For years publishers have generated those backmatter elements we've grown to know, love and rely on...the index. Index specialists are charged with finding all the critical terms, synonyms and other entries then compiling them into one of the most important elements of the book. Up to now those indexes have been static and almost exclusively focus on providing pointers within the book the where index appears. In tomorrow's ebook, the uber-index should grow as more related content is available on websites, blogs, other books, apps, etc.
Liza Daly expressed a similar vision in this excerpt from an iPad-related interview she did with The New York Times about a week after my "Rich Content" blog post:
I see the consummate iPad reading experience to be one that is, on the surface, traditional: heavily textual, quiet, hand-held. But lurking beneath the words is the whole Internet, ready to be questioned — “Find other works that quoted this,” “Where was the Marshalsea prison?”, “Which of my friends is also reading this?”, “What is that attractive person across from me reading?”
None of that requires a publisher to “enhance” the e-book prior to publication. A truly modern e-reader is one that is intimately connected to the Web and allows a user to make queries as a series of asides, while reading or after immersive reading has ended.
So what this all means is that authors and publishers could continue to build books they way they've done for hundreds of years, but a new effort needs to be dedicated to the index itself. Not the print index, of course, but the uber one that works within the e-reader.
Imagine an e-reader/app that lets you read a book in the traditional way but below the surface it offers smart links to all the related content and resources you could hope for. As I mentioned in the 3/29 post, some of this could be automated but then it's little more than a set of algorithm-based search results. I want something more and I'll bet you do too.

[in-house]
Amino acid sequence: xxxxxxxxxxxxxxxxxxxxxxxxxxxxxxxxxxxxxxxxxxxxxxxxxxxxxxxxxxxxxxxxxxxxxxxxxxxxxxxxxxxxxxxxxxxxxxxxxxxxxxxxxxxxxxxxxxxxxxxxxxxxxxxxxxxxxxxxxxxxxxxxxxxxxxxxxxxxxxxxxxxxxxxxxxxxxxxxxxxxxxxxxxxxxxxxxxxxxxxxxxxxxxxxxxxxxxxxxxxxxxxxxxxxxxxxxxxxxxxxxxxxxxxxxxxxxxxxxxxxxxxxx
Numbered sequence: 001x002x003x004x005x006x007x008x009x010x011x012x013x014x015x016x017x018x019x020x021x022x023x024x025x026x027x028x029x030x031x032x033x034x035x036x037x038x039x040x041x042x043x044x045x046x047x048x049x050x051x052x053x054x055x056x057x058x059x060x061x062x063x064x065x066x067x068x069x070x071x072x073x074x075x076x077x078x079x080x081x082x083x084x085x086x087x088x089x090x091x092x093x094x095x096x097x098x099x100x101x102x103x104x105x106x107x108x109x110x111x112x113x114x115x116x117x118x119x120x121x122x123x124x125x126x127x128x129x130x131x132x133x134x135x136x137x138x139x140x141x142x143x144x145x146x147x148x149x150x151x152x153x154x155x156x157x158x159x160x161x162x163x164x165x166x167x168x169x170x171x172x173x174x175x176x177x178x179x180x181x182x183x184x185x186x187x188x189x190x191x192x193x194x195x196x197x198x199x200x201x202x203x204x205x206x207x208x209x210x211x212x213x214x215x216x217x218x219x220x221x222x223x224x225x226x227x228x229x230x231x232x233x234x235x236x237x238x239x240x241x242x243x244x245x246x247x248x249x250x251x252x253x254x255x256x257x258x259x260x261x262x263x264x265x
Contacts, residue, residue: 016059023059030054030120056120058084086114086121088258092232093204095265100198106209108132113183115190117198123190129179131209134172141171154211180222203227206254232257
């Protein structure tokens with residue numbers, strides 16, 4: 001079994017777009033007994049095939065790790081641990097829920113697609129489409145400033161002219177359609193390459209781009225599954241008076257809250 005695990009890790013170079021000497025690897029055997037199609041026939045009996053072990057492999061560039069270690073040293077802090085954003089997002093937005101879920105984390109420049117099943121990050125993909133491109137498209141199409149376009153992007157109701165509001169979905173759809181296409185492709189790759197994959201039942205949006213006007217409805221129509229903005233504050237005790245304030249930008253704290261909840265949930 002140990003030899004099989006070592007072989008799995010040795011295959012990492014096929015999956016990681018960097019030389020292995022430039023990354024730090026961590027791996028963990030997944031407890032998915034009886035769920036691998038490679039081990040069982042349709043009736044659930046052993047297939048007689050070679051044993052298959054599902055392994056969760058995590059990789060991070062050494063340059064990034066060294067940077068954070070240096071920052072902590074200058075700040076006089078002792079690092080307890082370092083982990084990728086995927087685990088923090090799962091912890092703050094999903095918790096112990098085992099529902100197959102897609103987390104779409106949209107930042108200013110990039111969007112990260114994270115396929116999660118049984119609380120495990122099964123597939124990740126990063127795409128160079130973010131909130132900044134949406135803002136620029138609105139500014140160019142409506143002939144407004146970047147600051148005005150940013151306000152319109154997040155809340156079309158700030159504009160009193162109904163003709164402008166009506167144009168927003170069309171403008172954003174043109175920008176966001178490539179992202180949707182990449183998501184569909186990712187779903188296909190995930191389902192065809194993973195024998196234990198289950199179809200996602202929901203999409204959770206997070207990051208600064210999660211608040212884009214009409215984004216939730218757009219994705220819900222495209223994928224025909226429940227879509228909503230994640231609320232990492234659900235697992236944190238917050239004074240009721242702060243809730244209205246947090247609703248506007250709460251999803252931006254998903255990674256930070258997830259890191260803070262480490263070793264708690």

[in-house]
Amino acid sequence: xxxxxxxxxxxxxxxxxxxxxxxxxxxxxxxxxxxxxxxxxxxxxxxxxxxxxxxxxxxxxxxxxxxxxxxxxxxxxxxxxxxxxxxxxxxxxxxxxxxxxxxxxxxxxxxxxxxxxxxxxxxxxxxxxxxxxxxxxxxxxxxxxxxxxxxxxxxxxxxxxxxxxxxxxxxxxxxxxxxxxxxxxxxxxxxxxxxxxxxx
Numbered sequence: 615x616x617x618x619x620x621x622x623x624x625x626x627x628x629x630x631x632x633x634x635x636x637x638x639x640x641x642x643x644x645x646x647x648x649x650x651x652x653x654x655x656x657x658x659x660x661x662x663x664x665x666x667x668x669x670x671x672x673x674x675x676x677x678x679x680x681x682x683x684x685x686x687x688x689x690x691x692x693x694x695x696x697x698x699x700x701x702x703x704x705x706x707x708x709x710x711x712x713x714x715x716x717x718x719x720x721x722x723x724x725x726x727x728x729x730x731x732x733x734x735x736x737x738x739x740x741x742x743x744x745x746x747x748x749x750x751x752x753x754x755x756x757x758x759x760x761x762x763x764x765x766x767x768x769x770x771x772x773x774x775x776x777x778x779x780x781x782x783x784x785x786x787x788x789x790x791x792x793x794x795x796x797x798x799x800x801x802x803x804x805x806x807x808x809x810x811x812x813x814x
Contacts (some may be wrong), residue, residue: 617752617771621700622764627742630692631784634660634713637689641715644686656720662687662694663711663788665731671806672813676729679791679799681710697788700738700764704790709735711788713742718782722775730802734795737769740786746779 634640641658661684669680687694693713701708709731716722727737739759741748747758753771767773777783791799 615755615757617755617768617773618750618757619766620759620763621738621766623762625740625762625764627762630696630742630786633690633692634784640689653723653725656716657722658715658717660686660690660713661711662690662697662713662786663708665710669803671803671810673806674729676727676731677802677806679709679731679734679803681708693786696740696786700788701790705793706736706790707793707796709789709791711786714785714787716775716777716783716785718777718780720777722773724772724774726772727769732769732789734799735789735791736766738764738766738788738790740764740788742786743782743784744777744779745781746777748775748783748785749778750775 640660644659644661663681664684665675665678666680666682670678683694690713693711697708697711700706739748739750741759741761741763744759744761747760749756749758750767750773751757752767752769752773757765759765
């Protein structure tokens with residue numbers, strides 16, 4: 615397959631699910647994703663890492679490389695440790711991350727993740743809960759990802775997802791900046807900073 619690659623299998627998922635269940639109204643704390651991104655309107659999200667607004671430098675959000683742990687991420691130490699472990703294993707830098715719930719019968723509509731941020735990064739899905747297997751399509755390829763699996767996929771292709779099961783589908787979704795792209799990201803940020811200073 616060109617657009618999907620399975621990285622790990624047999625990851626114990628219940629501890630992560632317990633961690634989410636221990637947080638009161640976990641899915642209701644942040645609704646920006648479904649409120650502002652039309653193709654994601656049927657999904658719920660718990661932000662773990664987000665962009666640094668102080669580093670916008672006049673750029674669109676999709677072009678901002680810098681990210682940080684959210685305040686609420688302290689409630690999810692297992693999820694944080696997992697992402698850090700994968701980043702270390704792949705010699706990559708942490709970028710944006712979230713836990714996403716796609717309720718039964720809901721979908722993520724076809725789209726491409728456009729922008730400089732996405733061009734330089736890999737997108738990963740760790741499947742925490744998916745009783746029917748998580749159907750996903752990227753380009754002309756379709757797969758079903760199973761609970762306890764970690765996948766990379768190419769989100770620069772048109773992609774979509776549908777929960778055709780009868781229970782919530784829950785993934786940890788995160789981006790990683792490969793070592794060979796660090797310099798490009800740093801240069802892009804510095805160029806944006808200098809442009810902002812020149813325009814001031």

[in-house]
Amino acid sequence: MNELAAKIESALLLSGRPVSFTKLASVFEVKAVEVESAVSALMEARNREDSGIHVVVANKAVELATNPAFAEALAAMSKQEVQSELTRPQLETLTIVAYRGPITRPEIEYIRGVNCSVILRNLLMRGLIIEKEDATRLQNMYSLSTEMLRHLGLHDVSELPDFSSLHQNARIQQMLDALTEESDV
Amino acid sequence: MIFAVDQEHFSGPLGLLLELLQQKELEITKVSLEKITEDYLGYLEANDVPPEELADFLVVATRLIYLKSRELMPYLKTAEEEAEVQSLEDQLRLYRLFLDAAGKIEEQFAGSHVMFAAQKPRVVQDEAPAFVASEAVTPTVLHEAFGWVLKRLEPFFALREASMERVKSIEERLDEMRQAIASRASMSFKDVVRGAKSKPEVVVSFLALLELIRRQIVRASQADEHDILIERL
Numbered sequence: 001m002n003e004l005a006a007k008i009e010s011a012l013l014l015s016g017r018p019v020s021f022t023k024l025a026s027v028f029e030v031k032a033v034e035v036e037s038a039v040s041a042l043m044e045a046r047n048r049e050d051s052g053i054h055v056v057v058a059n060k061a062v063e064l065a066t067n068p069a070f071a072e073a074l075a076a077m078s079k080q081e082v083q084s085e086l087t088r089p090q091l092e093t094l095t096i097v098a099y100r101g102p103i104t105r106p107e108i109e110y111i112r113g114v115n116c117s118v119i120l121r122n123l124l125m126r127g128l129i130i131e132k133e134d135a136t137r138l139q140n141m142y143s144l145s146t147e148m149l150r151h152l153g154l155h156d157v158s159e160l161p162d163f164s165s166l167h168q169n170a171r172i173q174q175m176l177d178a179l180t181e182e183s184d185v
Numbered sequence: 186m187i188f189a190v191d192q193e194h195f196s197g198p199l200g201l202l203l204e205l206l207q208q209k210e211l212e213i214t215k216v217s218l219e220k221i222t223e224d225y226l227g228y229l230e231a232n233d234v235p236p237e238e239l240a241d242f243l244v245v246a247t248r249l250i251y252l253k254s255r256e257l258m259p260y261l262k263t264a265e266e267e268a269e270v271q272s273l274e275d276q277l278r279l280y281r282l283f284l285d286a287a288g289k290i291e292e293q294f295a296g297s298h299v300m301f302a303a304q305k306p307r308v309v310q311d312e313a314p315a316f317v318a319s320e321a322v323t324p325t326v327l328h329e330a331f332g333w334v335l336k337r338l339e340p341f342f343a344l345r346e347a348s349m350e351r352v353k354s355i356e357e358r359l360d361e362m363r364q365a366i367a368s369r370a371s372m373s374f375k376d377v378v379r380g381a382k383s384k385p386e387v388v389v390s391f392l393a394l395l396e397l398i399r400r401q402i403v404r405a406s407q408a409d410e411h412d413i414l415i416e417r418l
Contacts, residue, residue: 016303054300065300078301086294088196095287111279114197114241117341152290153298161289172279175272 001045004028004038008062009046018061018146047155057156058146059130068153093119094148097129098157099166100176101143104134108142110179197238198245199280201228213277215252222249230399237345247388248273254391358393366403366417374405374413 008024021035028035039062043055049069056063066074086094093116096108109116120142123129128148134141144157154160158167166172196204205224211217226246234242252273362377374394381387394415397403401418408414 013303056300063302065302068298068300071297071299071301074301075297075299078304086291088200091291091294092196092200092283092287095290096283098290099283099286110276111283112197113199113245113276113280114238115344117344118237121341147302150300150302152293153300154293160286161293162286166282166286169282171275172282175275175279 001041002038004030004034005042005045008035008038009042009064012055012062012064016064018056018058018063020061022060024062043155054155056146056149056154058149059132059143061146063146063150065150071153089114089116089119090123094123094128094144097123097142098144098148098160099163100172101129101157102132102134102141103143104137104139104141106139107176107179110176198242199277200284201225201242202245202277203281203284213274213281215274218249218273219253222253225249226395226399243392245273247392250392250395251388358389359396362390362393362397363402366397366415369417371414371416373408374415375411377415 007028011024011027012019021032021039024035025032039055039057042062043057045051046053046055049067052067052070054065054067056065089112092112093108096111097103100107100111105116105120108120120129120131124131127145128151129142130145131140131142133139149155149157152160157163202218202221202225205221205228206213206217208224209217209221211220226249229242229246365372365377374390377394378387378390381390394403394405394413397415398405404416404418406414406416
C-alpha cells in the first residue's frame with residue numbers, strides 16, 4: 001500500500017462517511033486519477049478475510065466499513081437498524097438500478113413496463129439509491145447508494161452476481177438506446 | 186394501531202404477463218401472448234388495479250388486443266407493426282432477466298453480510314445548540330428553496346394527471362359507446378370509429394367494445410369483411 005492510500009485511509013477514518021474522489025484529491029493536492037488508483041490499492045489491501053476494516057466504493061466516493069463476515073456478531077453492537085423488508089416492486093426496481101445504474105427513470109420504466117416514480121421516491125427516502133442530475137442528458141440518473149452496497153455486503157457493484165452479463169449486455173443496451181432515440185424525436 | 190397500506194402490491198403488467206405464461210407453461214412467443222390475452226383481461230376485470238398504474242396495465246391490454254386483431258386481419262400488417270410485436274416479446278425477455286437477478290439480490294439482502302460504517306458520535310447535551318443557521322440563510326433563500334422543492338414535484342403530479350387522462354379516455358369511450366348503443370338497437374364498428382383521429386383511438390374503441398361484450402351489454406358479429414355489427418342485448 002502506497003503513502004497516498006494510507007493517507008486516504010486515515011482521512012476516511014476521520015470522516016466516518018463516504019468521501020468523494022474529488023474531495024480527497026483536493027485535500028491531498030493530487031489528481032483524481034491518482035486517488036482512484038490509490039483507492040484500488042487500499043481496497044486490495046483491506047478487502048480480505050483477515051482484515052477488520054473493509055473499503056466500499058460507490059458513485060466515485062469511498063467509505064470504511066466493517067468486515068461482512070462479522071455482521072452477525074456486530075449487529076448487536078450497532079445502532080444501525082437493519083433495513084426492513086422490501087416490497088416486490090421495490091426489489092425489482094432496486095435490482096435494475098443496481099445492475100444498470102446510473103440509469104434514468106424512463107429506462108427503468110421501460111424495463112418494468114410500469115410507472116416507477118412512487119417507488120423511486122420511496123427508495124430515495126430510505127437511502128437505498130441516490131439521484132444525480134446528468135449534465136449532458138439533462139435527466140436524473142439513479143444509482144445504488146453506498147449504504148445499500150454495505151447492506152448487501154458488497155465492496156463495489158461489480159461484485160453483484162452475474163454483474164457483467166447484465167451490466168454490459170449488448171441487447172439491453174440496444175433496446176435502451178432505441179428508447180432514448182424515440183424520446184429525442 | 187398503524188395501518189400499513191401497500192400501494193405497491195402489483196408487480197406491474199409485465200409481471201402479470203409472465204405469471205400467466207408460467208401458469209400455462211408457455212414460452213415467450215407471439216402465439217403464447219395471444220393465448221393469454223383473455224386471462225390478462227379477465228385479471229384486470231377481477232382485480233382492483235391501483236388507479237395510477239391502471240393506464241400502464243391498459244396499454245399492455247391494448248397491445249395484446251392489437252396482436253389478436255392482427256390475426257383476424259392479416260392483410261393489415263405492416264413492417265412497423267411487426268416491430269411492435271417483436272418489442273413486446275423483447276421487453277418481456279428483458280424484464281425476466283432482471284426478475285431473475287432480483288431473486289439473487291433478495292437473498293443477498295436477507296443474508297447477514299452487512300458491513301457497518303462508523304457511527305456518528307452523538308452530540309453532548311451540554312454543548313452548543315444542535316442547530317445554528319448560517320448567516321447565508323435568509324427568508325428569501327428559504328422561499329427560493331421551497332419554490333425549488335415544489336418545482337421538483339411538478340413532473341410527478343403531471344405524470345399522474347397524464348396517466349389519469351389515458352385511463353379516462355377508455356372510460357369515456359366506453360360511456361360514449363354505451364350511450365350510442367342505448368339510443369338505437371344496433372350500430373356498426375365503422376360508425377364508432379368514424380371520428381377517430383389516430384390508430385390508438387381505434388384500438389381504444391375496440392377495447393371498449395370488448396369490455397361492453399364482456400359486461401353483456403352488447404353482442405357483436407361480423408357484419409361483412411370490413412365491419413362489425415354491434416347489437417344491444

How about applying the wisdom of the masses to the problem? Just as the Wikipedia provides encyclopedia-length entries on subjects far and wide, what if there were a community-based service that created nothing but the most relevant pointers to all the best content?
You're an expert in 70's music and you spend all your waking hours looking for the best sites, videos, interviews, etc., on the subject Why not share your discoveries about Thin Lizzy and Mott The Hoople by adding to and helping curate the uber-index on these topics? The uber-index would then be made available to e-reader apps so that when someone clicks on Glen Frey's name in Don Felder's (terrific!) book about The Eagles, Heaven & Hell, they'll immediately have access to a growing list of outside resources that confirm Felder's point that Frey was a complete jerk!
All of this functionality would be included, btw, with little to no work required by the publisher. A utility would run the book's contents against the uber-index and generate all the relevant links. You could do this when you buy the book or periodically as you're reading it, to make sure it's always up-to-date.
How about that? An infinitely deep index, the uber-index, that dramatically enhances and extends the reading experience while preserving it at the same time. Isn't that what we're all after?
P.S. -- Now take it a step further. Are you familiar with the "Sponsored Links" area of the Google search results? These are the links someone has paid to have included in your search results Why not introduce a sponsored link section to this as well, where monetization can occur? So when you pull up the menu for Glen Frey mentioned earlier it also includes a paid link from Amazon where you can buy his latest CD, if you're so inclined. Click that link and the publisher/author get a cut of the sponsored link payment. If a substantial enough AdSense-like ecosystem builds up around this it creates an additional revenue stream that could be shared by all parties.